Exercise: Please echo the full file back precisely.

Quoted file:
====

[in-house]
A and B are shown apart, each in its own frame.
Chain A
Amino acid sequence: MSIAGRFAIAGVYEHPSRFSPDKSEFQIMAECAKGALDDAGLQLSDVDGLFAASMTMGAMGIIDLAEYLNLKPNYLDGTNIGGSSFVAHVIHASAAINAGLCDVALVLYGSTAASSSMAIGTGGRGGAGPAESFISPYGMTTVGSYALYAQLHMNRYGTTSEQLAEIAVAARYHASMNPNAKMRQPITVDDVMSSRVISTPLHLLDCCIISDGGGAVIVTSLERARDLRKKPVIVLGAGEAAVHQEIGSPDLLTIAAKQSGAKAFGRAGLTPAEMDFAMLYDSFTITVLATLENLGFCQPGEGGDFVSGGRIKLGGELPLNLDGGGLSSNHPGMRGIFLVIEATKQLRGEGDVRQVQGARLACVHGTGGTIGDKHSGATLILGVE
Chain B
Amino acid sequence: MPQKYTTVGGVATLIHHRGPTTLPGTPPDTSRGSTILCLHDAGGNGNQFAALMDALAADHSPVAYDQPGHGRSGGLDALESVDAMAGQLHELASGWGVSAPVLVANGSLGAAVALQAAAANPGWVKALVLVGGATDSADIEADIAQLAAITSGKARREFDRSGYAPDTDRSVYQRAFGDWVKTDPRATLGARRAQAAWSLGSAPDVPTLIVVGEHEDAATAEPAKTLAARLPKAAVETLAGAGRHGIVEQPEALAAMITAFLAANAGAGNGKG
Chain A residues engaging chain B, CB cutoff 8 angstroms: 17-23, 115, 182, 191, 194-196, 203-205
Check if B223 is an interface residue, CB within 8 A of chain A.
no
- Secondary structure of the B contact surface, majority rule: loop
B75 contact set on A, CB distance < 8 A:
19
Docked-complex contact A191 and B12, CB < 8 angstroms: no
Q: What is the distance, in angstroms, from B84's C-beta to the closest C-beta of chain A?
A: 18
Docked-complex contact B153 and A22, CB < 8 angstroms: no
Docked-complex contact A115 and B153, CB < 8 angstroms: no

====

[in-house]
A and B are shown apart, each in its own frame.
Chain A
Amino acid sequence: MSIAGRFAIAGVYEHPSRFSPDKSEFQIMAECAKGALDDAGLQLSDVDGLFAASMTMGAMGIIDLAEYLNLKPNYLDGTNIGGSSFVAHVIHASAAINAGLCDVALVLYGSTAASSSMAIGTGGRGGAGPAESFISPYGMTTVGSYALYAQLHMNRYGTTSEQLAEIAVAARYHASMNPNAKMRQPITVDDVMSSRVISTPLHLLDCCIISDGGGAVIVTSLERARDLRKKPVIVLGAGEAAVHQEIGSPDLLTIAAKQSGAKAFGRAGLTPAEMDFAMLYDSFTITVLATLENLGFCQPGEGGDFVSGGRIKLGGELPLNLDGGGLSSNHPGMRGIFLVIEATKQLRGEGDVRQVQGARLACVHGTGGTIGDKHSGATLILGVE
Chain B
Amino acid sequence: MPQKYTTVGGVATLIHHRGPTTLPGTPPDTSRGSTILCLHDAGGNGNQFAALMDALAADHSPVAYDQPGHGRSGGLDALESVDAMAGQLHELASGWGVSAPVLVANGSLGAAVALQAAAANPGWVKALVLVGGATDSADIEADIAQLAAITSGKARREFDRSGYAPDTDRSVYQRAFGDWVKTDPRATLGARRAQAAWSLGSAPDVPTLIVVGEHEDAATAEPAKTLAARLPKAAVETLAGAGRHGIVEQPEALAAMITAFLAANAGAGNGKG
Chain A residues engaging chain B, CB cutoff 8 angstroms: 17-23, 115, 182, 191, 194-196, 203-205
Check if B223 is an interface residue, CB within 8 A of chain A.
no
- Secondary structure of the B contact surface, majority rule: loop
B75 contact set on A, CB distance < 8 A:
19
Docked-complex contact A191 and B12, CB < 8 angstroms: no
Q: What is the distance, in angstroms, from B84's C-beta to the closest C-beta of chain A?
A: 18
Docked-complex contact B153 and A22, CB < 8 angstroms: no
Docked-complex contact A115 and B153, CB < 8 angstroms: no